HARTFORD, CT — Gov. Ned Lamont had hoped there would be some clarity in the presidential race, but there wasn’t. As for what he plans to do with an expanded Democratic majority in the House and the Senate, he’s not sure yet.
“As you know we’ve got a deficit that’s over a billion dollars. We’ve got to deal with that on a thoughtful basis,” Lamont said Wednesday at the governor’s residence. “In terms of other initiatives and you brought up marijuana or gambling, these are ways we may be able to bring some revenue in over a period of years. They will be on the table.”
What about a millionaire’s tax?
Lamont said he doesn’t believe any taxes would be necessary if former Vice President Joe Biden is elected. Lamont was an early supporter of Biden.
“I’m not going to raise taxes, if I don’t have to raise taxes that’s for darn sure,” Lamont said. “I think we’ll have a lot more clarity in the next couple of months.”
Lamont believes that, like President Barack Obama’s American Recovery and Reinvestment Act, Biden will provide federal funds for infrastructure and coronavirus.
“I don’t think any of those taxes would be necessary at this point. If Biden were going to give us the state and local aid we’re counting on,” Lamont said.
He said the idea of Connecticut jumping forward and raising taxes would put Connecticut at a terrible disadvantage “right when we have the wind to our back. I hope if there is a President Biden we’re going to see support from the federal government that allows our state to go forward.”
What about a state-run public health insurance option?
“We know how important it is to have healthcare available broadly to everybody,” Lamont said.
Lamont said Connecticut is a strong supporter of the Affordable Care Act exchange and can do something at the state level.
“I’m looking at all the solutions I can to make healthcare more affordable broadly speaking to individuals, self-employed and small business,” Lamont said. “You know if our insurance companies can’t come up with a solution maybe the public option will be on the table.”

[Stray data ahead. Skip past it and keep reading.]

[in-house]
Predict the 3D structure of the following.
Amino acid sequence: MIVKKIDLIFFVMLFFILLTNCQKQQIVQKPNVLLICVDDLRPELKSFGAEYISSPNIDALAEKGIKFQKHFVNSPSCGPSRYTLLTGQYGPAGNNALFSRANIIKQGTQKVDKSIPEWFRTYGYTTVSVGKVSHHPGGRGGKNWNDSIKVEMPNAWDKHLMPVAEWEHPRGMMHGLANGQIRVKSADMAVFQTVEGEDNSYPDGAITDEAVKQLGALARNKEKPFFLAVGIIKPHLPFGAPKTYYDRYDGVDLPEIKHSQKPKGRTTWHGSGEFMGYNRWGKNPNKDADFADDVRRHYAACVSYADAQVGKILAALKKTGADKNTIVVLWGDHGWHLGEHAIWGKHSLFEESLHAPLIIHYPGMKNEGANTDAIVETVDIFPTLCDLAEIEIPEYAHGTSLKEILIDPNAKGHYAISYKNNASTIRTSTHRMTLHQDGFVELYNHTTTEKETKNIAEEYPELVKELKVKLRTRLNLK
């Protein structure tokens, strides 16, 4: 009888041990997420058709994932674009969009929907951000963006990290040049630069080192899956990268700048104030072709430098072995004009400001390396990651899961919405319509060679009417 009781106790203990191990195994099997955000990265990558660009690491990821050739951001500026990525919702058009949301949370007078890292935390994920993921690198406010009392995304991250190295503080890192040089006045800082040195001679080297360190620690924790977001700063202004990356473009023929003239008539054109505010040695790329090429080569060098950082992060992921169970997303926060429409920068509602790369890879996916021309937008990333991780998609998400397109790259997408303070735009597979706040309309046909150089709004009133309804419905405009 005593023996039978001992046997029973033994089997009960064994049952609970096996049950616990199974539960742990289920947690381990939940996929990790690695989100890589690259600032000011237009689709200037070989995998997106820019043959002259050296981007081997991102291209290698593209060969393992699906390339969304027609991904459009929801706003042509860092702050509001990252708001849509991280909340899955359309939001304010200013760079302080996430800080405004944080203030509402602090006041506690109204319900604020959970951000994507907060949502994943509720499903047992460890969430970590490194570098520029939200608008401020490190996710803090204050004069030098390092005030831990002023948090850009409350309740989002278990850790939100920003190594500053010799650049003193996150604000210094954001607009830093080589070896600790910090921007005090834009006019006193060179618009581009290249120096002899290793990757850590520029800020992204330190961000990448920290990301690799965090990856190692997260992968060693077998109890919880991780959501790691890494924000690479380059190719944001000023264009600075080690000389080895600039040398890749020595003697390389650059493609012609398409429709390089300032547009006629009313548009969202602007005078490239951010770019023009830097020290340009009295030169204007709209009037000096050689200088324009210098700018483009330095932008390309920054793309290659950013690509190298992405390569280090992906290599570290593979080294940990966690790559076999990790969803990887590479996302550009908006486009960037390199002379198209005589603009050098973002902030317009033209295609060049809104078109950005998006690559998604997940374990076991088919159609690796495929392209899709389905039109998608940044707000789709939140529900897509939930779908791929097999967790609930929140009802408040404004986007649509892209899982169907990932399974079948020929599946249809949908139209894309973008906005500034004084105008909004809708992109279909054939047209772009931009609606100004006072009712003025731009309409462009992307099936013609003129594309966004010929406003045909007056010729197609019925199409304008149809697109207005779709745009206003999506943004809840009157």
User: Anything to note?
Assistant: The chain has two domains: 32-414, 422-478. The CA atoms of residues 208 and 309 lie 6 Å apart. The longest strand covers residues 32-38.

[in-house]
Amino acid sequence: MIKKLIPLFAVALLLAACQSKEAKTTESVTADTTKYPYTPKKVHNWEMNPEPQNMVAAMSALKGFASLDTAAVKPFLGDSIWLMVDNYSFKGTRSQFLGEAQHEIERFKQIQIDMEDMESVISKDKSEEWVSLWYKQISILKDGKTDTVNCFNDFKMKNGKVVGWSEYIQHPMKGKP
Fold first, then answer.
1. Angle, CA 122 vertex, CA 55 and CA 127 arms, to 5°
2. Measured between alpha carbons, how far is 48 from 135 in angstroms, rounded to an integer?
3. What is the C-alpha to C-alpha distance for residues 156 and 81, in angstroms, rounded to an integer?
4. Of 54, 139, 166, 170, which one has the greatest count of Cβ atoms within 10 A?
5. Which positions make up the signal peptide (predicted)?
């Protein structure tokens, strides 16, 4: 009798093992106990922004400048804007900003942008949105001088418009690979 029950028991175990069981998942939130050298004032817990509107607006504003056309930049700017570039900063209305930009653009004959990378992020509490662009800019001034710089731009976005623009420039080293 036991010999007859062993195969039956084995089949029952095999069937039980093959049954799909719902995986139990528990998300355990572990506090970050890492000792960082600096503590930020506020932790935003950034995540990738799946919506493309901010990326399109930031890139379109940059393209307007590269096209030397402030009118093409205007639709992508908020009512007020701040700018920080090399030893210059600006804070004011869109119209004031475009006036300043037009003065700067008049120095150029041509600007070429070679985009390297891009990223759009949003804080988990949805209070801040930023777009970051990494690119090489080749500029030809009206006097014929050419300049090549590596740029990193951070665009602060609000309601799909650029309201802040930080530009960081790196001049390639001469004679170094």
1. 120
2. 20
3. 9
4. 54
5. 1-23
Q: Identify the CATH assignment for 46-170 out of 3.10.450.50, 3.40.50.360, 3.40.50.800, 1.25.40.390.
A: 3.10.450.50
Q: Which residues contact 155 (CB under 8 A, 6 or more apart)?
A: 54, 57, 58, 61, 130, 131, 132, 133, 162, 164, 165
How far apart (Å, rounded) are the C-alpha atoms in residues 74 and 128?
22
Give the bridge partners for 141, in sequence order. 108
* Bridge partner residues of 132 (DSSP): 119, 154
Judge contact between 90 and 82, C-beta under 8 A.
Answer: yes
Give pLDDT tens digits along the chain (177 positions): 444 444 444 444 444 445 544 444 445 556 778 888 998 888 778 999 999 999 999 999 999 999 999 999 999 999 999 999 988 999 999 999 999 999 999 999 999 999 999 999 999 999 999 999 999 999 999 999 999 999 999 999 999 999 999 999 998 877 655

Sen. Kevin Kelly, R-Shelton, has said he has concerns with the state-run public option because he’s concerned about whether the state can set rates high enough to cover the claims.
“How are the taxpayers protected? There isn’t oversight by the Department of Insurance and there’s no stop-loss,” Kelly said.
Senate Democrats are planning to propose a public option again this legislative session.
Two years ago, a proposal to allow small businesses to purchase state-run health insurance was stripped from the legislation after the insurance industry objected.
In 2018, a bill originally envisioned small businesses being able to buy into the state-run health insurance plans created for cities, towns, and boards of education. Another version of the bill required companies to lower their premiums by 20% and if they didn’t then the state would consider a true state-run health insurance plan.
But the final iteration of the bill included none of that.
Susan Halpin, executive director of the Connecticut Association of Health Plans, reiterated Thursday industry opposition to a public option.
“As a primary industry in the state of Connecticut we would be opposed to any government-run health care plan that competes with the private market,” Halpin said.
Halpin indicated that we can accomplish reductions in small group premiums today by lowering the taxes and assessments currently levied on the premiums of small employers.”